Category: Sociological Behavior

+Book Review+ Etched On Me by Jenn Crowell

Posted Tuesday, 15 April, 2014 by jorielov , , , , 4 Comments

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Etched On Me by Jenn Crowell
Published By: Washington Square Press / Atria {imprints of}
Simon & Schuster ( ) 4 February 2014

Publicity by: Atria ()
Official Author Websites:  Site  | Twitter | Facebook
Converse via: #EtchedOnMe
Genres: Contemporary Fiction | Mental Illness | LGBT fiction | Realistic Fiction
Available Formats: Trade Paperback and E-Book
Page Count: 336


Acquired Book By: Whilst attending #LitChat for Ms. Crowell’s book discussion on behalf of Etched On Me, I had the pleasure of getting to know a bit more about the novel as much as I did the author herself! Our conversation continued offline through email, where she offered me to receive her latest novel in exchange for an honest review by getting in touch with her publicist at Atria. Therefore, I received a complimentary copy of Etched On Me in exchange for an honest review direct from her publicist Valarie Vennix. I did not receive compensation for my opinions or thoughts shared herein.

Inspired to Read: Throughout the entire #LitChat discussion about Etched On Me, my heart drew a circle of empathy around the originating premise in which shaped this story together. A woman in the UK was put in a position to possibly lose custody of her child based solely on her history of mental illness from when she was younger. She had already undergone therapy and sought wellness for herself as much as her child, yet before her babe was even bourne there was a question about if she would be fit to be the child’s mother. As soon as I heard this part of the story threads, my heart went out to the woman in the UK! There is a stigma surrounding mental illness and those who are affected by the trauma of having a history in full view of everyone they meet on their future path. And, what is quite apparent is the stigma and the misunderstanding of how far forward one can walk on their lifepath is not always a given measure of their worth if they have something in their past which draws questions from those of whom were once trusted.

What I appreciated the most is the gentleness and raw attention towards the woman’s plight but also to the breadth of depth Crowell was willing to go based on her own experiences as a mother who has dealt with mental illness. She strikes a balance of an accord between fiction and non-fiction memoir to give the reader a full-on glimpse into a reality very few realise is happening in our world. Where parents who have the right to raise their children are being marginalised for reasons that are not fair nor ethical.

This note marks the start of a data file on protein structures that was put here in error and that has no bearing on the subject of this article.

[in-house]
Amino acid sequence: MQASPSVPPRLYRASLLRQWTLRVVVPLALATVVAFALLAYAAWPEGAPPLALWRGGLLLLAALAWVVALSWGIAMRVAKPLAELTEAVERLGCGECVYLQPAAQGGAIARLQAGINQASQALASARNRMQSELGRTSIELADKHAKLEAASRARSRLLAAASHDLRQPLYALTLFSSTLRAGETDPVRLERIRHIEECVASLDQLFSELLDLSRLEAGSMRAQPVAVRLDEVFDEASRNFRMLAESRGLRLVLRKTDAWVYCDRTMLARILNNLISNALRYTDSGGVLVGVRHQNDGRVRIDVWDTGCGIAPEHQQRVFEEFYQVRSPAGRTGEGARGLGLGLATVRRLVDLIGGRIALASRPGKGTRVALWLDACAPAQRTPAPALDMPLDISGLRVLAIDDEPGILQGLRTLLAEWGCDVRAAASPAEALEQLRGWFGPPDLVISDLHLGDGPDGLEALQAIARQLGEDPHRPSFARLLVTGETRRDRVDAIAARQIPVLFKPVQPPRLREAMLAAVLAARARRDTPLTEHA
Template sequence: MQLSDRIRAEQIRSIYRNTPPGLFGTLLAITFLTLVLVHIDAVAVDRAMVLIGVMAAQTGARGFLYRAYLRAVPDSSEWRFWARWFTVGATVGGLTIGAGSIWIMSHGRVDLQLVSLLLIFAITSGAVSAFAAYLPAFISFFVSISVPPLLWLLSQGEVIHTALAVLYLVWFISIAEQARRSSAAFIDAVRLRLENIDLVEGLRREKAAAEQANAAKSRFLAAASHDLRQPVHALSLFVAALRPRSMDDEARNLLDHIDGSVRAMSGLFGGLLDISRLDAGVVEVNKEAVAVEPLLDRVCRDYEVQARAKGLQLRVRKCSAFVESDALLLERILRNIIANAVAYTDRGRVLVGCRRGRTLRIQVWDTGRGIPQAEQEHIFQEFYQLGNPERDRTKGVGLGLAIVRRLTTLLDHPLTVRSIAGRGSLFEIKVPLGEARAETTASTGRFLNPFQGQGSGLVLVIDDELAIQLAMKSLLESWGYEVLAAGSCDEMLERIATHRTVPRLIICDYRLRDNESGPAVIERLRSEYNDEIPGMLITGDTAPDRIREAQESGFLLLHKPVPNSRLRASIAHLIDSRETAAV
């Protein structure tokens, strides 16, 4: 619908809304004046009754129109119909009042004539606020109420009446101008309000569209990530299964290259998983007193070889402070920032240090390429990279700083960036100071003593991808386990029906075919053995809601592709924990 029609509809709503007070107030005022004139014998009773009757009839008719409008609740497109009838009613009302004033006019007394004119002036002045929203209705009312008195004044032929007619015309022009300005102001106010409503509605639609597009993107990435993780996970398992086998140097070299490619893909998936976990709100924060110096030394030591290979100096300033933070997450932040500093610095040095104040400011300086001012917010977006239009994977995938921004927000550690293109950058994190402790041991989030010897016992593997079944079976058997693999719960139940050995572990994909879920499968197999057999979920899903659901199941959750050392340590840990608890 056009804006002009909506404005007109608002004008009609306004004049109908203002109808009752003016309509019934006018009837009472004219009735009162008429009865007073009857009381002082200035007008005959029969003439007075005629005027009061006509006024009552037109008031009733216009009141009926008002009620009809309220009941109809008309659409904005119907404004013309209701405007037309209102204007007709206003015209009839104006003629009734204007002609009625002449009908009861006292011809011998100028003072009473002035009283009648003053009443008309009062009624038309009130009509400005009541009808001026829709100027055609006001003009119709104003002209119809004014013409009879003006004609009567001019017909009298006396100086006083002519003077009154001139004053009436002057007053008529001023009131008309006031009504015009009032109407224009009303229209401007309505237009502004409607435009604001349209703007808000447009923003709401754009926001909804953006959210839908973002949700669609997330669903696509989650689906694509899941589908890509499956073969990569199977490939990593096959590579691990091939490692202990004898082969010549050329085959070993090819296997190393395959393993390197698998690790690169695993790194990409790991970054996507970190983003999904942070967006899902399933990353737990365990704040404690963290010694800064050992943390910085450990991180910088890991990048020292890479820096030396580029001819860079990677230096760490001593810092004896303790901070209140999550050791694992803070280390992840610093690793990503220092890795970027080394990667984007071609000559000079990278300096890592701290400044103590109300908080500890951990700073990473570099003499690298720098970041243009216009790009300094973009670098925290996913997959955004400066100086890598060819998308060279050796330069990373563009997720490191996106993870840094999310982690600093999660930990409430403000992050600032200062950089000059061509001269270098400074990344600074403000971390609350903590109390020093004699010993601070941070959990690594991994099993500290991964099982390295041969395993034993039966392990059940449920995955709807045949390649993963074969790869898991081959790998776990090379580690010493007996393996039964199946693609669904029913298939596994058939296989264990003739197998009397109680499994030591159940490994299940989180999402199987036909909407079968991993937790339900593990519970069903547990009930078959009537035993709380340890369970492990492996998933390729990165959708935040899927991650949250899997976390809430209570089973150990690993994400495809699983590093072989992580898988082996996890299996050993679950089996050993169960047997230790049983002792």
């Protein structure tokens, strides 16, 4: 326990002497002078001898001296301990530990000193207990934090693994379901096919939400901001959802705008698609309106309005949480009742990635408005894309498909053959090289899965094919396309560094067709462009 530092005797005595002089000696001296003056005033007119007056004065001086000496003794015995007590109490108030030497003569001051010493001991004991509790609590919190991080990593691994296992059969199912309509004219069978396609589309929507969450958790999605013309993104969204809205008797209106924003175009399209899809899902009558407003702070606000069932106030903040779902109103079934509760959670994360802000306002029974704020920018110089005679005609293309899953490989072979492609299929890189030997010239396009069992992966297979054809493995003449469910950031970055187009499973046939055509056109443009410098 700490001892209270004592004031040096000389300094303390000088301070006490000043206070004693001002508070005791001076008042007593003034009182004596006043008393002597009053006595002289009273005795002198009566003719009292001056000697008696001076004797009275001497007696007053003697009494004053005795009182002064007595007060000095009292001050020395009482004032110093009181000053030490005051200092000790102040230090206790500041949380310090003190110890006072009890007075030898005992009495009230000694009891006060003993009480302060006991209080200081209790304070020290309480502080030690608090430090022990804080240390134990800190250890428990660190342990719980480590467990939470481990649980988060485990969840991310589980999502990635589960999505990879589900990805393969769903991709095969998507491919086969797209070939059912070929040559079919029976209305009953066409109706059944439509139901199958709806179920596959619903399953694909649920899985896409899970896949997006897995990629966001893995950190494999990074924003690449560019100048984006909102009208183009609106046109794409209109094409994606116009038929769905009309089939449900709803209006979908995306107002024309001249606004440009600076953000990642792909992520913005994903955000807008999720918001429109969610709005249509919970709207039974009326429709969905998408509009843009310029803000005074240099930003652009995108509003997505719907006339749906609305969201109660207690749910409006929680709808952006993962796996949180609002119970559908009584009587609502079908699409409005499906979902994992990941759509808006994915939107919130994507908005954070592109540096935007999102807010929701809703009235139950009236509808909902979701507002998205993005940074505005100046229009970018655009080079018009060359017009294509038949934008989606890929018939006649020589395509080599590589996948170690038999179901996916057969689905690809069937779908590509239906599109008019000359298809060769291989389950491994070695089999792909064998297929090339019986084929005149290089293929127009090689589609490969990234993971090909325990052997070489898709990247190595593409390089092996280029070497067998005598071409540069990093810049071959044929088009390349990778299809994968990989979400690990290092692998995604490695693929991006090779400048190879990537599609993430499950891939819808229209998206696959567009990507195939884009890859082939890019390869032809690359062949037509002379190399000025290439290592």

Book Synopsis:

Girl, Interrupted meets Best Kept Secret in this redemptive and edgy coming-of-age story about a young woman who overcomes a troubled adolescence spent in and out of psychiatric facilities, only to lose custody of her daughter when her mental health history is used against her.

Partially inspired by Jenn’s own experiences, ETCHED ON ME is also loosely based on the harrowing story of a young British woman who fled her home country in 2007 when she was nearly eight months pregnant. UK Social Services had ordered that she would be forced to surrender custody of her child within minutes of giving birth, due to her mental health history (raped at 14, she had suffered depression and instances of self-harm during her adolescence). Despite receiving treatment and being granted a clean bill of health, she was still considered a risk to her unborn child. Jenn learned of the case while deeply immersed in new motherhood herself, and having overcome her own mental health struggles, she was deeply moved by the story.

Sixteen-year-old Lesley Holloway—our irrepressible narrator in ETCHED ON ME—is alternately streetwise and vulnerable, comically self-deprecating, and wise beyond her years. On the surface, she is just another bright new student at Hawthorn Hill, a posh all-girls prep school north of London. Little do her classmates know that she recently ran away from home—where her father had spent years sexually abusing her—and that she now spends her afternoons working in a fish and chip shop and her nights in a dingy hostel. Nor does anyone know that she’s secretly cutting herself as a coping mechanism…until the day she goes too far and ends up in the hospital.